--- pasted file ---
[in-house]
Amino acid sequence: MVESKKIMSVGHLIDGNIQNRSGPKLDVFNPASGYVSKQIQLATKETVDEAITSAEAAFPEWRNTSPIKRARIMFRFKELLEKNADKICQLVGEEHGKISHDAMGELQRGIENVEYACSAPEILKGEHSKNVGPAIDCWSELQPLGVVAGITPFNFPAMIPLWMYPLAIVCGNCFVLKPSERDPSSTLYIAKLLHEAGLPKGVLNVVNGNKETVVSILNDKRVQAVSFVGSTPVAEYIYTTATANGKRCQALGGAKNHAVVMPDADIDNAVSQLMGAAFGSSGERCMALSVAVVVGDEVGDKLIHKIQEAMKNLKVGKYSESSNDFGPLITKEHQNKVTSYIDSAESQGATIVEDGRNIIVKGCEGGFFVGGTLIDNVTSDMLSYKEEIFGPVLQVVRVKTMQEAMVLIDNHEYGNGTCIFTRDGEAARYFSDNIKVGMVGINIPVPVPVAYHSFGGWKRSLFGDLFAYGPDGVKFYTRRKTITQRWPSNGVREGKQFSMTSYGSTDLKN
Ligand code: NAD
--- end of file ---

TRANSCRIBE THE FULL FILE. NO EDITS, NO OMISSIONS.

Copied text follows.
[in-house]
Amino acid sequence: MVESKKIMSVGHLIDGNIQNRSGPKLDVFNPASGYVSKQIQLATKETVDEAITSAEAAFPEWRNTSPIKRARIMFRFKELLEKNADKICQLVGEEHGKISHDAMGELQRGIENVEYACSAPEILKGEHSKNVGPAIDCWSELQPLGVVAGITPFNFPAMIPLWMYPLAIVCGNCFVLKPSERDPSSTLYIAKLLHEAGLPKGVLNVVNGNKETVVSILNDKRVQAVSFVGSTPVAEYIYTTATANGKRCQALGGAKNHAVVMPDADIDNAVSQLMGAAFGSSGERCMALSVAVVVGDEVGDKLIHKIQEAMKNLKVGKYSESSNDFGPLITKEHQNKVTSYIDSAESQGATIVEDGRNIIVKGCEGGFFVGGTLIDNVTSDMLSYKEEIFGPVLQVVRVKTMQEAMVLIDNHEYGNGTCIFTRDGEAARYFSDNIKVGMVGINIPVPVPVAYHSFGGWKRSLFGDLFAYGPDGVKFYTRRKTITQRWPSNGVREGKQFSMTSYGSTDLKN
Ligand code: NAD